Tuesday, October 17, 2006

The Greatest Games Computer Ever: 2 - Quicksilva Scramble

The peace loving scientists beavering industriously away in Pixel Town Labs
looke dup in alarm as they heard the sound they dreaded above all else -
complete, unnerving silence.

'Run for cover' they signalled frantically to one another, 'Hide yourself'.

But it was too late, even for those who had managed to fit themselves
beneath the towering letters As which dotted the rugged mountain landscape.
Enemy fire was no respecter of mere capital letters and where the falling
rain of asterisk death failed to finish the job, a slow moving dash could
take out anyone in the higher, curiously monochrome, regions. The only hope
was to move in the gap between one deployment of the enemy's Shift-8
technology and the next, as each attacker could only fire one weapon at a
time and - perhaps uniquely in the history of war - was unable to launch a
second strike until the first had run its course. A design flaw, certainly,
but not one the peaceful scientists could ever hope to utilise in their
defence.

Quicksilva Scramble was just about as good as it got in 1981. A faithful
copy of the arcade game (at that point not yet a classic but a cutting edge
piece of arcade gaming) only available on tape for playing on your ZX81 in
black and white, with blocky non-pixel graphics and no sound other than your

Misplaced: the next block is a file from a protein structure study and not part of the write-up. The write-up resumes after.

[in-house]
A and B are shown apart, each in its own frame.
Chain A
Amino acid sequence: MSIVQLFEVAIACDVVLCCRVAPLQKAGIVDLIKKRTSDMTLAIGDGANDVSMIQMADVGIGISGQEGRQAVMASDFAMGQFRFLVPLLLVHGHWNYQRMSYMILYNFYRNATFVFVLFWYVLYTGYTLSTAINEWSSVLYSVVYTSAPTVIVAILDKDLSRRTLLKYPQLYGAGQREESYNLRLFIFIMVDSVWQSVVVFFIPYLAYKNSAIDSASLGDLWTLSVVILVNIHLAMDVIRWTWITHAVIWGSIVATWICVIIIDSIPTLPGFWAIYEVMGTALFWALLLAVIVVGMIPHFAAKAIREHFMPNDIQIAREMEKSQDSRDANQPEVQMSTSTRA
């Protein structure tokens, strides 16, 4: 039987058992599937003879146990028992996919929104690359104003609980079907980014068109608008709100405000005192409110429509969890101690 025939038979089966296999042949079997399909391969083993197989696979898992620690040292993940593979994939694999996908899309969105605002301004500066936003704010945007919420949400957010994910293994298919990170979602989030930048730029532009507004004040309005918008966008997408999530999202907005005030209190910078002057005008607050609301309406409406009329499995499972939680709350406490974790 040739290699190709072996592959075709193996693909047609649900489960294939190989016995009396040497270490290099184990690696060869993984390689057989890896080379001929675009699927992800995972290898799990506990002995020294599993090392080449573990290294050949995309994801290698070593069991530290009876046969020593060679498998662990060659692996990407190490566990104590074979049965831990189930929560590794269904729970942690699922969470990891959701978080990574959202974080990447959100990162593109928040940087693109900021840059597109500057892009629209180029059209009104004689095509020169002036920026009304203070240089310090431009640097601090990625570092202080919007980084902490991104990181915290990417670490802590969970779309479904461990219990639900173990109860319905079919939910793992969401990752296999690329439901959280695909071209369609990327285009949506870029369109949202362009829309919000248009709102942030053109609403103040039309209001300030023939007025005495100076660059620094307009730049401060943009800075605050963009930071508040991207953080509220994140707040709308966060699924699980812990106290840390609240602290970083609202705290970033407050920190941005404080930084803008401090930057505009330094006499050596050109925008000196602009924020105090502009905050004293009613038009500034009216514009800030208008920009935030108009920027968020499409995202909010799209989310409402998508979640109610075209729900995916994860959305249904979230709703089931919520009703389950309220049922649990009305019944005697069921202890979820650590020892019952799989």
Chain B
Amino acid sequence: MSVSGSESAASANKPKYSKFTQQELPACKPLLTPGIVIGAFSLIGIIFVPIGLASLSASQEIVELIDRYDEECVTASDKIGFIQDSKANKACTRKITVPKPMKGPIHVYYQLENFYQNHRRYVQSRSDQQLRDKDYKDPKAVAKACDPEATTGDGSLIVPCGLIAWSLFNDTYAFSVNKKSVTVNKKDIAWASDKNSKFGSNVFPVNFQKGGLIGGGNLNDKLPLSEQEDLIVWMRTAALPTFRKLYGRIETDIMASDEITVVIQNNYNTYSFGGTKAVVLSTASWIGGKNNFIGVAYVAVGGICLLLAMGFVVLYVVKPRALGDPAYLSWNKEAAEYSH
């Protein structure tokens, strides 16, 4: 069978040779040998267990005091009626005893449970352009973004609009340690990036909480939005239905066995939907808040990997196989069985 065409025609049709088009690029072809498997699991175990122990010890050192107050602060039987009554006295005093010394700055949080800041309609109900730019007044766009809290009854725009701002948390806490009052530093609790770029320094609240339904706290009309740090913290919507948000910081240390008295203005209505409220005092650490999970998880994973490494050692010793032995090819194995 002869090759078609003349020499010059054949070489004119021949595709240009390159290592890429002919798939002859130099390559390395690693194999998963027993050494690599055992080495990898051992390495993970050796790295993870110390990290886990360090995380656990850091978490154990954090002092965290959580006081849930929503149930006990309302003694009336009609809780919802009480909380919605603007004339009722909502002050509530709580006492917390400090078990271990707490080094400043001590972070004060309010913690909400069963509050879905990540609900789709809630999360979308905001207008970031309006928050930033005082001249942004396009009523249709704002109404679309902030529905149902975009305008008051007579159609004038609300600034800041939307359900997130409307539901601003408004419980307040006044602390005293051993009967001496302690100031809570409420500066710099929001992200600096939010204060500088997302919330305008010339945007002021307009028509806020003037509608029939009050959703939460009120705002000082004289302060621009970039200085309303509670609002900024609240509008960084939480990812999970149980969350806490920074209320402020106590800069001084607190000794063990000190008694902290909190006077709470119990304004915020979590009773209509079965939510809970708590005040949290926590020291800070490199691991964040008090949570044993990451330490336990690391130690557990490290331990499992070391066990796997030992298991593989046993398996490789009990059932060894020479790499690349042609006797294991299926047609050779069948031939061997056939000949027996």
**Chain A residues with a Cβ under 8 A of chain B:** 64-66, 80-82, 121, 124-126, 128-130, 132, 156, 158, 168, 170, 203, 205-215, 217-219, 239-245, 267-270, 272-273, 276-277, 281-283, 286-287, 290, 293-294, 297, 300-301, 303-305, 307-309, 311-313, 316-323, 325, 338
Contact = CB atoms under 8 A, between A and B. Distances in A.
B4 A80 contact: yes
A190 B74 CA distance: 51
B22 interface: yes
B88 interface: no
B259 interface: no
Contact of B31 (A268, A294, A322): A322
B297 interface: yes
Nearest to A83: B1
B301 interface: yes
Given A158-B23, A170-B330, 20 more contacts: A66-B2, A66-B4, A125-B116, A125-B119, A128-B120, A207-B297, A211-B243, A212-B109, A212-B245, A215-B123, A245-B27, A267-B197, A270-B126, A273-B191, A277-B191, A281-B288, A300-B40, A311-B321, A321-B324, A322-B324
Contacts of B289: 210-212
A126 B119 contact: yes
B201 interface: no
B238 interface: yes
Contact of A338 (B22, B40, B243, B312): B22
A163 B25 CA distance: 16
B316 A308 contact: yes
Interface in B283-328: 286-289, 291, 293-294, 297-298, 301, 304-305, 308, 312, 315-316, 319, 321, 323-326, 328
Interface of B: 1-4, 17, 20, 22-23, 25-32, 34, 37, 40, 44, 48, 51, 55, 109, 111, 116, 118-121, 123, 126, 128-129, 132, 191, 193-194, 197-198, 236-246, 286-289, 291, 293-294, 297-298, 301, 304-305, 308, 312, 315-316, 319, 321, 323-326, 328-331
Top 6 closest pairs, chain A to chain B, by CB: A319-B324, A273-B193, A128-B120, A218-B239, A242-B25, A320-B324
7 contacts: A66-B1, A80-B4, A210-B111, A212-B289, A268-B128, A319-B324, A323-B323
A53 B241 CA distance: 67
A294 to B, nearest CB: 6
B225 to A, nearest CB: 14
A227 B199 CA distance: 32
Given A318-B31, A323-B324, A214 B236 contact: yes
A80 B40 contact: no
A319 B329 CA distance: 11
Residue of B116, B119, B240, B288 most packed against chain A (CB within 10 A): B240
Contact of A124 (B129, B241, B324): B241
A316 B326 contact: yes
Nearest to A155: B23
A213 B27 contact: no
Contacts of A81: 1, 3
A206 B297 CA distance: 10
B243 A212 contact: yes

own hollers and whoops as you carried out a particularly tricky manouvere
(using up, down, left and right only - no diagonals) or skipped blithely
past a soaring Capital A as it launched from the ground towards your little
black ship.

Scramble - and the tremendously literally named 'Adventure Game' - on the
ZX81 was the first computer game I ever played and for all that I'd never
want to play it again, it occupies a special 'first time' place in my heart,
alongside Regal Small cigarettes, McEwans' Export in a can and a rather lovely girl
called Fiona.

I met the guy who wrote QS Scramble a couple of years ago in the pub at a
head-wetting ceremony for a friend's new baby. I didn't have a mobile phone
at the time, but if I had and I'd taken a note of his number on that instead
of writing it on the back of a packet of fags with a bookie's pen, it would
probably have used up more memory than the whole of QS Scramble was written
in.

Really, admit it - how cool is that?

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1 Comments:

Blogger Scott Liddell said...

I still remember the night that I was in the pub and John first told me he wrote Scramble. I was in awe. If you are reading this JB, you're a legend my friend.

7:19 pm  

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